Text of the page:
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Multiculturalism: What does it mean (for us)?

I saw and read the article “Egypt: Correspondence Between Adrienne Kennedy and Nadia Maher” on Howlround, and once I finished it I immediately scrapped what I was going to write about for a single quote from the correspondence. While it was primarily about Ms. Maher’s thesis and it’s reception, with references to the events happening in Egypt all around her, one particular interchange caught my eye. Nadia asked Adrienne Kennedy, author of such phenomenal plays as Funnyhouse of a Negro, what her thoughts on multiculturalism were. Kennedy’s response was very interesting:

I hate all those terms. A writer should write for everyone. Great writers reach everyone in the world. My favorite novelist is Charles Dickens. All those academic terms and definitions are pointless…
Beethoven reaches all people. Louis Armstrong reaches all cultures.

Kennedy, a playwright whose themes often focus on gender, race, and identity, clearly believes that the concept of multiculturalism is bunk, but why? Is she right?

First things first, multiculturalism is “a body of thought in political philosophy about the proper way to respond to cultural and religious diversity.” (go ahead, Wikipedia it, you know you were going to. After that, check out this source, which is a slightly better researched and backed up). Still a little confused as to what it means? That’s one of the big complaints about the term: it’s so ambiguous that it’s difficult to pin it down to a single meaning. It often shows up in the guise of the “cultural mosaic” versus the “melting pot;” rather than meld together and assimilate, multiculturalism, as a philosophy, seeks to highlight our differences in order to strengthen both ourselves and those with their own voices. It seeks to promote self-reliance and self-determination, making multiculturalism closely aligned with nationalism. What’s not to love? It seems like the exact direction we should be walking in: looking for theatre that champions diverse voices, strengthening Queer Drama, Black Theatre, Latin Drama and the other forms of art that allow for unique voices to be heard. Don’t we as dramatists want to value the things that make us culturally unique?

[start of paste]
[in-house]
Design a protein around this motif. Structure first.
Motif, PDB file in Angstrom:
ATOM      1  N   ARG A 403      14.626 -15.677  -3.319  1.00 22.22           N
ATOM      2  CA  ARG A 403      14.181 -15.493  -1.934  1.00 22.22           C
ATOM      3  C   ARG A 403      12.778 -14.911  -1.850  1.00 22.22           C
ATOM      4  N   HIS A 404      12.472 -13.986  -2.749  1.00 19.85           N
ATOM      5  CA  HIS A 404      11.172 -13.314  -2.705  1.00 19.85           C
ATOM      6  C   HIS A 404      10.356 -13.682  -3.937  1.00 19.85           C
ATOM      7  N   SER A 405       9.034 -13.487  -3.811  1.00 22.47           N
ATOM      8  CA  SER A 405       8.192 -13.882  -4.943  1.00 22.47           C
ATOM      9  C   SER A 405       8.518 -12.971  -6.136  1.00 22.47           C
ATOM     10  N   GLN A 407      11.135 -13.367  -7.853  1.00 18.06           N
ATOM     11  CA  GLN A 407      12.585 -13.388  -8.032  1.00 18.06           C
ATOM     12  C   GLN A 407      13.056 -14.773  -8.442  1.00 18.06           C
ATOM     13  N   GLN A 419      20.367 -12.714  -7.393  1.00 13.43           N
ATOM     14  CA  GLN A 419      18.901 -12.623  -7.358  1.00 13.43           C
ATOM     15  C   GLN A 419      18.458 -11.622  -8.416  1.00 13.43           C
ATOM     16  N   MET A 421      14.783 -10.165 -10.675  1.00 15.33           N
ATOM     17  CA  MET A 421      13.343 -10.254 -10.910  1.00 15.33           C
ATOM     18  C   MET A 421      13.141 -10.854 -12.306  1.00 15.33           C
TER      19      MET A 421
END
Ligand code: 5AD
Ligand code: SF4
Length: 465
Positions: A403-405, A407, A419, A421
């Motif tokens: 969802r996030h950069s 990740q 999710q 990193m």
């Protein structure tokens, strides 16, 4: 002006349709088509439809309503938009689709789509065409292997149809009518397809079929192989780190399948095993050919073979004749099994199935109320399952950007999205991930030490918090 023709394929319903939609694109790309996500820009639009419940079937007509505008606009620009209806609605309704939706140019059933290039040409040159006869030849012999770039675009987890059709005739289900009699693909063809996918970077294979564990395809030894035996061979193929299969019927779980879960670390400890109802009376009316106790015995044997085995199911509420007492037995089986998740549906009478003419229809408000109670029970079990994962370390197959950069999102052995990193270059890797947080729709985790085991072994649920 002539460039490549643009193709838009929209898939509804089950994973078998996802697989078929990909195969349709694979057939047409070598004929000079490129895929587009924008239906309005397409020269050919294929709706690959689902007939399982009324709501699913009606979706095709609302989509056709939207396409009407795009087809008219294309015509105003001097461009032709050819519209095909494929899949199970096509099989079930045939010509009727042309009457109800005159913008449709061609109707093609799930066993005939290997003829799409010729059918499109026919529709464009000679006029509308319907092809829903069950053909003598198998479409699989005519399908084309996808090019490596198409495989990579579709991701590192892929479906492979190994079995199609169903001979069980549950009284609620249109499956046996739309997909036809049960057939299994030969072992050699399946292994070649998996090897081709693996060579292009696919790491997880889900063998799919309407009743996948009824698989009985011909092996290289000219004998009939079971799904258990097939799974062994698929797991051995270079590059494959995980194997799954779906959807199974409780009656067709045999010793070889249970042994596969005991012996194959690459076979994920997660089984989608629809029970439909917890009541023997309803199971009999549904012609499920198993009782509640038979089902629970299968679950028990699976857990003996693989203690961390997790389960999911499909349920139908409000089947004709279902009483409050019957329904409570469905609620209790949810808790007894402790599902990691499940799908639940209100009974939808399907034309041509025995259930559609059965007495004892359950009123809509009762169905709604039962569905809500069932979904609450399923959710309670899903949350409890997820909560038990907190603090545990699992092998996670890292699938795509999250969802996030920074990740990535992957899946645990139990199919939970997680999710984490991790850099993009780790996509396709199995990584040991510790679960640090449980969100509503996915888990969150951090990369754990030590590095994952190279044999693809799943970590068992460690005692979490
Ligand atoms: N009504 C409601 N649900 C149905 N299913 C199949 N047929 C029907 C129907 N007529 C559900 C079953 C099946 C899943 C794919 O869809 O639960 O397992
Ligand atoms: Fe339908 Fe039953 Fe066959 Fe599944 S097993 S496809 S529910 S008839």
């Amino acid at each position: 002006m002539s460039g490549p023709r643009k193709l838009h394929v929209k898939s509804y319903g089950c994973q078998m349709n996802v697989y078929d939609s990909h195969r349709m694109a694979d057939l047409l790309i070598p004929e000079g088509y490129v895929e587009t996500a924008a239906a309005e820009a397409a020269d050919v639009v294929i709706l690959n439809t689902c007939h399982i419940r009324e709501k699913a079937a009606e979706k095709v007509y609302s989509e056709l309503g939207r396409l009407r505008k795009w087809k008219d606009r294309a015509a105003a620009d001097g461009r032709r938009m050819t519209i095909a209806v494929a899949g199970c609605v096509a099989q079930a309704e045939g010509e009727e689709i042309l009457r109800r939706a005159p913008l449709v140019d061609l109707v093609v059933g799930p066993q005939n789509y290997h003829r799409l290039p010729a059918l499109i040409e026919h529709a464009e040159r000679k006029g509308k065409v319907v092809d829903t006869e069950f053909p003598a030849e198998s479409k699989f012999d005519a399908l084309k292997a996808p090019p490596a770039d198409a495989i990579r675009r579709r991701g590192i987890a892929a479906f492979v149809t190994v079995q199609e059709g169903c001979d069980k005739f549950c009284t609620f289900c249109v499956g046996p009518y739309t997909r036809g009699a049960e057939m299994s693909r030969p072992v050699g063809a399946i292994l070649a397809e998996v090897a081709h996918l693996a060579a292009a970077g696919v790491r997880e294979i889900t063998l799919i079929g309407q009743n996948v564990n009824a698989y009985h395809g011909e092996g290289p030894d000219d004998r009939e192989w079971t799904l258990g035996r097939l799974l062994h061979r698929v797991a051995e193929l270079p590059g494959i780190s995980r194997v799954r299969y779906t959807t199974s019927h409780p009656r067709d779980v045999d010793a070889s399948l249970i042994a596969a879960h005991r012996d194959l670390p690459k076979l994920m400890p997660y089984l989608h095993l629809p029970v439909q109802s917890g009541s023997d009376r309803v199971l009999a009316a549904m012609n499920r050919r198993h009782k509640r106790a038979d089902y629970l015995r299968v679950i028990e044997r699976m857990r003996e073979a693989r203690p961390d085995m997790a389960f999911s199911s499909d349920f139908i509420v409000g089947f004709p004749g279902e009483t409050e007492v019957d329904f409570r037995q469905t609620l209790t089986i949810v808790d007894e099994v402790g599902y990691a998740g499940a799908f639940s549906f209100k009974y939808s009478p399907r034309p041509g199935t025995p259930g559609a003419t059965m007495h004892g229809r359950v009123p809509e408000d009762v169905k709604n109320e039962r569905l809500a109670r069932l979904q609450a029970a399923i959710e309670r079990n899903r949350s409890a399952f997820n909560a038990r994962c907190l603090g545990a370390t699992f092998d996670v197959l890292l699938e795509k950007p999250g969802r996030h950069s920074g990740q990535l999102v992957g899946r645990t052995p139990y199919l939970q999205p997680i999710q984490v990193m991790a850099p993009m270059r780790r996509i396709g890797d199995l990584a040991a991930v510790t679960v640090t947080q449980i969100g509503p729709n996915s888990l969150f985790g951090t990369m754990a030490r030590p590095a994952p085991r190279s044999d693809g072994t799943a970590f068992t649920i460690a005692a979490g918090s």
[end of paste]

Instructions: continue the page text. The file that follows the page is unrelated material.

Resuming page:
Now I don’t think Kennedy is advocating for assimilationism, i.e. “the melting pot;” you only have to read Funnyhouse to see she has very complex ideas on assimilation vs. nationalism and the African-American identity crisis, so I doubt she’d write off the value of diversity. Kennedy, as someone who works with and values words, is likely wary of the danger of labeling something and its potential for negative impact on drama. By inventing a term for something that should just come naturally, we make it special rather than treating it as the norm. Why does a cast featuring Latin-American, African-American, Arab-American, and Asian-American characters need a label? Why can’t we just agree that it’s perfectly normal and move on?

Further, she declares that “Beethoven reaches all people… [and] Louis Armstrong reaches all cultures.” Something I think Kennedy strives for is universalism in theme, and that isn’t cultural, it’s cross-cultural. Racism is simply one form of oppression, as is sexism, classism, etc. A play, then, should necessarily be able to address all spectrums of oppression, otherwise it limits itself to only one group of people. Some of the best plays, as we’ve seen with Antigone, can be reinvented over and over again to talk to new audiences, to reiterate the same themes because they are timeless. Good plays can be specific, they can deal with race, gender, or class, but the best plays can do this while simultaneously painting strokes broad enough to be universal. Aristotle said in the Poetics that what separates drama from history is that while the historian deals with the particulars (dates, events, battles, facts) the dramatist has the more poetic job of constructing the universal and broadcasting it to their audience.

So what is multiculturalism? Is it dangerous to label it? Is it dangerous to make drama particular, does it limit its potential for impact? Or does making it particular focus the energy into a sharper point making more of an impact? It’s an important question to be asking right now, and as students of dramaturgy, it’s our job to ask it. This conversation about multiculturalism is far from over, and there are valid points on both sides, but the conversation needs to be happening now rather than later. What are your thoughts?

About Oz

An English Major and Theatre Minor with concentrations in dramatic literature in both, I hope to be work professionallt as a dramaturg(eventually).

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